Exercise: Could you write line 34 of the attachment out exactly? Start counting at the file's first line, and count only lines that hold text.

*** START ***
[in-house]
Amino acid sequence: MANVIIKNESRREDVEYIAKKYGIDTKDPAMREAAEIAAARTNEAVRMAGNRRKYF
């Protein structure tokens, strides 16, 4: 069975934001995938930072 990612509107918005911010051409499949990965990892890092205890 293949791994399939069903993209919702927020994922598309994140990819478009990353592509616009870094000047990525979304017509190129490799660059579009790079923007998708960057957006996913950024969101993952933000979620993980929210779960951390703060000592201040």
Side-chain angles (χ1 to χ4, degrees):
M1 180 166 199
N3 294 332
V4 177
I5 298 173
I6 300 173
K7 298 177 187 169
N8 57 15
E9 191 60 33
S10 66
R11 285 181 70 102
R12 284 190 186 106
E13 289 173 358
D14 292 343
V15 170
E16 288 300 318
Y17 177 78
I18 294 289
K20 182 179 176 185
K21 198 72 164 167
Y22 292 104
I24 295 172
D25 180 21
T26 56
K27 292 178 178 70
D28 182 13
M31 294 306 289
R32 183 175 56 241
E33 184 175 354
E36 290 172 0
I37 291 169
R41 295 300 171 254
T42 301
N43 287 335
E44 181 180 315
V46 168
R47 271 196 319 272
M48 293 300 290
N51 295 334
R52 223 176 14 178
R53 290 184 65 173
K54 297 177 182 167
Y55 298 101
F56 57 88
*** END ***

I37 291 169